US7276543Oct 9, 2001Oct 2, 2007Dsm Ip Assets B.V.Comprising an acrylate oligomer having a tetramethylene glycol/polyurethane backbone, an acrylate monomer and at least three photoinitiators; protective coatings for optical fibers; discoloration inhibition; high-speed cure; durability
EP0080246A1 *Nov 22, 1982Jun 1, 1983Joh. Enschedé en Zonen Grafische Inrichting B.V.Method for printing an image on a substrate using a thermoplastic printing ink based on BMA and including a photo-initiator, and prints manufactured accordingly
EP0197616A1 *Apr 8, 1986Oct 15, 1986Dsm Resins BvPhotopolymerizable composition and a photo-initiator system
WO1988005791A1 *Jan 28, 1988Aug 11, 1988Dymax CorpRadiation-cured adhesive system containing amides
WO2001077040A2 *Apr 5, 2001Oct 18, 2001Timothy Edward BishopCoated optical fiber and adiation curable resin composition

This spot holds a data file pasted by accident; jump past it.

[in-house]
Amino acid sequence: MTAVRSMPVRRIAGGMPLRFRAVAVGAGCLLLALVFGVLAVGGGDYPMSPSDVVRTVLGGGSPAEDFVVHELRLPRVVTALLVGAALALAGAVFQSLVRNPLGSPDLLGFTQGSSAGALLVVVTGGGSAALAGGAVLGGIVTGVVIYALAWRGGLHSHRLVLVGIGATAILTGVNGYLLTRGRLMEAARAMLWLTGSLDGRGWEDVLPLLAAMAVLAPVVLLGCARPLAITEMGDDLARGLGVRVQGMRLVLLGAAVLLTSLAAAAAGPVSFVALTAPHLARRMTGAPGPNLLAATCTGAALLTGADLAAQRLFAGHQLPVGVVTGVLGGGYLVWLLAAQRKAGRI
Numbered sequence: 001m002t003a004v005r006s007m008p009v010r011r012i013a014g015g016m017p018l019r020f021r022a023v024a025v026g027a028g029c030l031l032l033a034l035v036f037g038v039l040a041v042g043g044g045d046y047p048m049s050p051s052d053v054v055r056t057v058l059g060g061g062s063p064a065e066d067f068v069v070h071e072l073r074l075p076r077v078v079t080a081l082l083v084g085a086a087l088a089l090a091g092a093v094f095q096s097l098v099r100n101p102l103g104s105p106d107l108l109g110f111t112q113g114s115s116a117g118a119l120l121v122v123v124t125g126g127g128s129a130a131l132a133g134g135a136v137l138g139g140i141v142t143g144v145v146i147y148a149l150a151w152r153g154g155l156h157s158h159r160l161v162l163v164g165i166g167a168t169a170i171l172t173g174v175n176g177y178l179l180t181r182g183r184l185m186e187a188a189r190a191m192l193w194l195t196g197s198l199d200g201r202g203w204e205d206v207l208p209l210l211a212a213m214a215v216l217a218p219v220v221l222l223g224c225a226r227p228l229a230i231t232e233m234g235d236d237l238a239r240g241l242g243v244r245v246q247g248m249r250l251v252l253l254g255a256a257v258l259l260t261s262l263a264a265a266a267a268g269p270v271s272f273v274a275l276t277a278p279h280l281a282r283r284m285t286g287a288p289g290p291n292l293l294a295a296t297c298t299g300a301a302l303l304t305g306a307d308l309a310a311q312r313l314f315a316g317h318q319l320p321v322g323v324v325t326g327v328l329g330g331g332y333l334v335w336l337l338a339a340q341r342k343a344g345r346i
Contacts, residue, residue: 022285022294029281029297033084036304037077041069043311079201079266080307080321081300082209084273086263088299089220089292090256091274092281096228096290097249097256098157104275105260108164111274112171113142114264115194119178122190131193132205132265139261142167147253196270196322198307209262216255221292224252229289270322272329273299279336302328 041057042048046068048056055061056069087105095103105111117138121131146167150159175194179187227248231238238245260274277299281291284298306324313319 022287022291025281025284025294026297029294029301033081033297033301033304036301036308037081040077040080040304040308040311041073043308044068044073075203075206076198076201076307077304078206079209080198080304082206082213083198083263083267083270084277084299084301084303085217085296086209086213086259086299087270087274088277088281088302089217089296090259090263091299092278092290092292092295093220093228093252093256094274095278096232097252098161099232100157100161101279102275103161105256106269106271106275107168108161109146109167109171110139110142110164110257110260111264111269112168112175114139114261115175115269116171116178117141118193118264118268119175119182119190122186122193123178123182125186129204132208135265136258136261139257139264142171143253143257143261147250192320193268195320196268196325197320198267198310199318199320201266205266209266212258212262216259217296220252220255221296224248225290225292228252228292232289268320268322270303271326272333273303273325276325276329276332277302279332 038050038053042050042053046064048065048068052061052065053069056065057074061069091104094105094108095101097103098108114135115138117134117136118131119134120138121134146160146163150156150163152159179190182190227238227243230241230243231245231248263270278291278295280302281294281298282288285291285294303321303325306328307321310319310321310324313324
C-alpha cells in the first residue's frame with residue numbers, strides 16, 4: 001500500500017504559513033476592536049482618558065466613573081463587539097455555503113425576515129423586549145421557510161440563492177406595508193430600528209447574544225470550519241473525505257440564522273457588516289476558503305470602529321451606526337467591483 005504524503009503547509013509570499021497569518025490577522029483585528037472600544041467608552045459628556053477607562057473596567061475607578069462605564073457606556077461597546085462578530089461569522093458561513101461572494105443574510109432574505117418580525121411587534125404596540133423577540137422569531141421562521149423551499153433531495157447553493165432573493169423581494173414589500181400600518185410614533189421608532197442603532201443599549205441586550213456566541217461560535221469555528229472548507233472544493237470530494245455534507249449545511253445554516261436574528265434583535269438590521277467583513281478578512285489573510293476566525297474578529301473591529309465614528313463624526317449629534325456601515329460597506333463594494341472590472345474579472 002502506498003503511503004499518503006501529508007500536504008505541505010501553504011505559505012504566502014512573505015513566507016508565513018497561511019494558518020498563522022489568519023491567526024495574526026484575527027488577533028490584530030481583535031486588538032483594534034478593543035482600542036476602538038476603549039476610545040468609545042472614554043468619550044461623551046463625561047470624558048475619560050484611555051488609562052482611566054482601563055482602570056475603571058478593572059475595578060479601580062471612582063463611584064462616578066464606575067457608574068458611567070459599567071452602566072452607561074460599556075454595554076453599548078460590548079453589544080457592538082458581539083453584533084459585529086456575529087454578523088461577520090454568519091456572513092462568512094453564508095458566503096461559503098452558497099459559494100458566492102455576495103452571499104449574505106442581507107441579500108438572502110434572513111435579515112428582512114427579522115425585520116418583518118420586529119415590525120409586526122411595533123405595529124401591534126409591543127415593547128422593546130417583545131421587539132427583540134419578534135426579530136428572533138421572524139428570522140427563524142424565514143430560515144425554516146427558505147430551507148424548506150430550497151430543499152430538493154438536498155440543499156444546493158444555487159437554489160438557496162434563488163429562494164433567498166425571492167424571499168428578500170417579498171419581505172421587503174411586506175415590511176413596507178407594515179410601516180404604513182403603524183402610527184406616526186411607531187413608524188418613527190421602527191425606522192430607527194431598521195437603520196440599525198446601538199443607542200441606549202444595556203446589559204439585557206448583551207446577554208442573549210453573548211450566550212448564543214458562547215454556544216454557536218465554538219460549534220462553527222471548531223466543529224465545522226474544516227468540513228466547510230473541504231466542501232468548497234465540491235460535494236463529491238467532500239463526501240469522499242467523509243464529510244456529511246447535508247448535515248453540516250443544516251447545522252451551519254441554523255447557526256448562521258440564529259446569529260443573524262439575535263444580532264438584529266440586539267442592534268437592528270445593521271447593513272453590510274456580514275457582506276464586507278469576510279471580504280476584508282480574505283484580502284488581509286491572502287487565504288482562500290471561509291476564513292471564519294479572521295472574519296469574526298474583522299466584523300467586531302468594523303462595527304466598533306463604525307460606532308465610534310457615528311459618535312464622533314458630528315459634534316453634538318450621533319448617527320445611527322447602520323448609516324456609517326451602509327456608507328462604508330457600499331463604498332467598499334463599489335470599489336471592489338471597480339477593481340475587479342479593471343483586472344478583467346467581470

Classifications
U.S. Classification522/10, 528/49, 522/14, 522/179, 522/103, 522/16, 428/441, 428/417, 522/175, 428/442, 522/165, 522/96, 522/17, 522/174, 522/8, 522/158, 528/75, 522/18, 522/178
International ClassificationC09D4/00, C09D11/10, C08F2/50, C08F299/04
Cooperative ClassificationC09D4/00, C08F2/50, C09D11/101, C08F299/0435
European ClassificationC09D4/00, C09D11/101, C08F299/04B6B2, C08F2/50
Legal Events
DateCodeEventDescription
Apr 14, 1992ASAssignment
Owner name: CIBA-GEIGY CORPORATION A NEW YORK COMPANY, NEW YO
Free format text: ASSIGNMENT OF ASSIGNORS INTEREST.;ASSIGNOR:CIBA-GEIGY AG A SWISS CONFERATION COMPANY;REEL/FRAME:006062/0553
Effective date: 19920403
Aug 22, 1984ASAssignment
Owner name: CIBA-GEIGY AG, CH-4002 BASEL, SWITZERLAND
Free format text: ASSIGNMENT OF ASSIGNORS INTEREST.;ASSIGNOR:BASF AKTIENGESELLSCHAFT;REEL/FRAME:004291/0354
Effective date: 19840802